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Teen Musicians Serenade Passengers on Southwest Flight During Layover

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Teenage musicians from Chicago brought a little levity to a flight layover by treating passengers to an impromptu performance.

The teens were on their way to Albuquerque for a mariachi music conference. The plane stopped in Dallas first, and the flight staff asked if the ensemble would play a quick tune.

Happy to oblige, the musicians broke out their instruments and voices, performing a traditional mariachi tune.

Standing in the center aisle, students played violins, guitars, and trumpets, all traditional components of a mariachi ensemble.

Band members are 13-18 years old, and are based in the Pilsen neighborhood of Chicago.

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They are all members of the Chicago Mariachi Project, which aims to “elevate the Art of Mariachi and promote excellence in musicianship through education, coordination and support,” according to their Facebook page.

The band’s president and founder of Chicago Mariachi Project, Álvaro R. Obregón, said students come from as far as Indiana to participate in the group. That’s “a testament that we’re doing something right, I hope,” Obregón said.



The group was traveling to New Mexico for the Mariachi Spectacular de Albuquerque, an annual event that offers performance workshops and clinics.

“We’re here to learn from the mariachi masters,” Obregón said.

“We’re a small non-profit and we’re so proud of our students who last year won first place at this national competition,” Obregón told CBS News. “The students work so hard.”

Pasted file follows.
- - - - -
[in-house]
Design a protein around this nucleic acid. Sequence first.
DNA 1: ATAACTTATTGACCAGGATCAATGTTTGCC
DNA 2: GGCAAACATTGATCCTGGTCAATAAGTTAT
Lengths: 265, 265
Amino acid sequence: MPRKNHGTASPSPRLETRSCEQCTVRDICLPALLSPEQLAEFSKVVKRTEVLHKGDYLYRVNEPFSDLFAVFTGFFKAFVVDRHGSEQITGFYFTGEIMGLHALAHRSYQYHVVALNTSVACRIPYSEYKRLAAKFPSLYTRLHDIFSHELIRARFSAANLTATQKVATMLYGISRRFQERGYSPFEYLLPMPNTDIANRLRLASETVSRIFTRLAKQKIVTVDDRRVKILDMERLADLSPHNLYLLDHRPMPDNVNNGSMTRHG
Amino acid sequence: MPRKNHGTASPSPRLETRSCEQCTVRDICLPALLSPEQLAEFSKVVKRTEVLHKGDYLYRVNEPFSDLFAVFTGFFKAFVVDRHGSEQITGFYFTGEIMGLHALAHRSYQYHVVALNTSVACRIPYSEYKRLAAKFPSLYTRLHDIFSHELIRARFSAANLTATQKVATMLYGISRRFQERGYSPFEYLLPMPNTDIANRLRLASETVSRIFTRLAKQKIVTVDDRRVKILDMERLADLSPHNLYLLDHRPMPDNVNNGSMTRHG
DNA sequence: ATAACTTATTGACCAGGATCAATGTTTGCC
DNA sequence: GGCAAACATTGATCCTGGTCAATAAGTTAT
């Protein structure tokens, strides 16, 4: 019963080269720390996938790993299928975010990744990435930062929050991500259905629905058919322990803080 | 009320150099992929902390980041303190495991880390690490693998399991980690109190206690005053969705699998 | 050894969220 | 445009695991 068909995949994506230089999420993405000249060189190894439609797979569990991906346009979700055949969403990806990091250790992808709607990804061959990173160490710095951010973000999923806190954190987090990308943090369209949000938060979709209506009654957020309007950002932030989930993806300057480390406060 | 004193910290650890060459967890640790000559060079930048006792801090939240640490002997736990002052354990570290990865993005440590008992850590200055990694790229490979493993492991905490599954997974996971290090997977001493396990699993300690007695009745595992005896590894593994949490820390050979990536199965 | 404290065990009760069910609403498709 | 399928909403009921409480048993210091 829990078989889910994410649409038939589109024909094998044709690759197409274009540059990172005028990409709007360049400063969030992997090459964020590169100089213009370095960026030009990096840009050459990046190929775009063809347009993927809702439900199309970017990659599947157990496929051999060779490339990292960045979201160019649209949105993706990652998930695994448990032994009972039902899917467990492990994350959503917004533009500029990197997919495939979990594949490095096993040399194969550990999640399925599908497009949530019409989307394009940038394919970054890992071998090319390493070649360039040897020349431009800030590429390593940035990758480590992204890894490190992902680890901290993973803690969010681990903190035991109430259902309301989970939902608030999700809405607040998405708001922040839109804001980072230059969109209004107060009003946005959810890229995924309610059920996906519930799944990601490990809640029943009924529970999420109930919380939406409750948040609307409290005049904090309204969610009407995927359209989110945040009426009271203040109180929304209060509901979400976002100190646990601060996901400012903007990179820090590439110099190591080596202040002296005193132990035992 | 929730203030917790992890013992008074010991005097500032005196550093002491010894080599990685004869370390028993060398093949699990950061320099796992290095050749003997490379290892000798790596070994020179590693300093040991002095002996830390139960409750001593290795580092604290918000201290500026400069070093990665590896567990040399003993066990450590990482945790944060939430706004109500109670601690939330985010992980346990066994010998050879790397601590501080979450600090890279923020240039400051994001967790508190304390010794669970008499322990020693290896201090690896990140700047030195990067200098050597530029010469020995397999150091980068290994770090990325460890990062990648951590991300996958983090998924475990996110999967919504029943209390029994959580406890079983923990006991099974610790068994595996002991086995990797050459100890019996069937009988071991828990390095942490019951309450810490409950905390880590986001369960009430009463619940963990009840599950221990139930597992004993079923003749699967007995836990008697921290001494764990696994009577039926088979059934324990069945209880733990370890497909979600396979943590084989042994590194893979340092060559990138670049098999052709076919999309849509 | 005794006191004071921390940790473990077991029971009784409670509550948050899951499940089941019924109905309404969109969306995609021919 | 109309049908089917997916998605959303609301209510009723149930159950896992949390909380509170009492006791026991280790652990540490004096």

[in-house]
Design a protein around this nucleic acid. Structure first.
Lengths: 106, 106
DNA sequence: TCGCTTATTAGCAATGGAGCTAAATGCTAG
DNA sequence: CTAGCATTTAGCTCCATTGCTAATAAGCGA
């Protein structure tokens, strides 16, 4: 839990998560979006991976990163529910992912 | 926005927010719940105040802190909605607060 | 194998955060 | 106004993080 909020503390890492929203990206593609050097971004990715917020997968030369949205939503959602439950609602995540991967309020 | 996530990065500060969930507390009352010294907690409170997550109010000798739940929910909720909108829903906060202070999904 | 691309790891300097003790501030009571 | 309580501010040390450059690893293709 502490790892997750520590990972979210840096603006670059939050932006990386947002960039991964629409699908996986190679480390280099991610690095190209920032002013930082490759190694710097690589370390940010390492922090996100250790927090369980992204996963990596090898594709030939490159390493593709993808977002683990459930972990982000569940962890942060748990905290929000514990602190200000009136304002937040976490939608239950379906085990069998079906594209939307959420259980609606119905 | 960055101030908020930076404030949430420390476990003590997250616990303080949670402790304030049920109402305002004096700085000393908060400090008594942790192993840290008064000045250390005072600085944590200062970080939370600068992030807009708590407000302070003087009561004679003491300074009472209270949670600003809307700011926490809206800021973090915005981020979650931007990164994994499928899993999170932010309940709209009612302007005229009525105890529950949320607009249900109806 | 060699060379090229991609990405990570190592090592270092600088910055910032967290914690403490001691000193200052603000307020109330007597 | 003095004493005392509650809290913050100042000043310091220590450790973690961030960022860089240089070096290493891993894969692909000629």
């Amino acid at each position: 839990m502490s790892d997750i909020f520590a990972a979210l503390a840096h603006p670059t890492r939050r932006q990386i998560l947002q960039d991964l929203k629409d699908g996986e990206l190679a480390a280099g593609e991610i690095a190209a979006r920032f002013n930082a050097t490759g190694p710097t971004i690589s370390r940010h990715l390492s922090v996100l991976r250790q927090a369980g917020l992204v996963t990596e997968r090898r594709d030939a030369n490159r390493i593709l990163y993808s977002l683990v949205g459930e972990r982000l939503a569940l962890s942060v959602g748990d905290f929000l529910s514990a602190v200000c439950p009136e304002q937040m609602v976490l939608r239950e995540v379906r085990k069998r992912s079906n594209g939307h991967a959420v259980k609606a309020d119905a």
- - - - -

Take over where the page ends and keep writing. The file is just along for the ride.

Chicago Mariachi Project also has a presence in the Chicago public school system, putting instruments in the hands of as many budding musicians as they can.

The airplane performance was well-received among passengers. They filmed, smiled, and applauded the group after the impromptu performance.

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“Thank you!” wrote one Facebook user. “What a beautiful way to share our wonderful music & culture.”

Others chimed in to thank the group for representing mariachi music so well. Southwest Airlines, who encouraged the students to perform, was also highly praised by many social media users.

“This is AWESOME!” said another Facebook user. “Our diversity in the United States is what truly makes us great.”

Learning and preserving the art of mariachi is at the heart of the Chicago Mariachi Project. “We look at this as an heirloom that’s passed on from one generation to the next,” Obregón said.

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A graduate of Grand Canyon University, Kim Davis has been writing for The Western Journal since 2015, focusing on lifestyle stories.
Kim Davis began writing for The Western Journal in 2015. Her primary topics cover family, faith, and women. She has experience as a copy editor for the online publication Thoughtful Women. Kim worked as an arts administrator for The Phoenix Symphony, writing music education curriculum and leading community engagement programs throughout the region. She holds a degree in music education from Grand Canyon University with a minor in eating tacos.
Birthplace
Page, Arizona
Education
Bachelor of Science in Music Education
Location
Phoenix, Arizona
Languages Spoken
English
Topics of Expertise
Lifestyle & Human Interest




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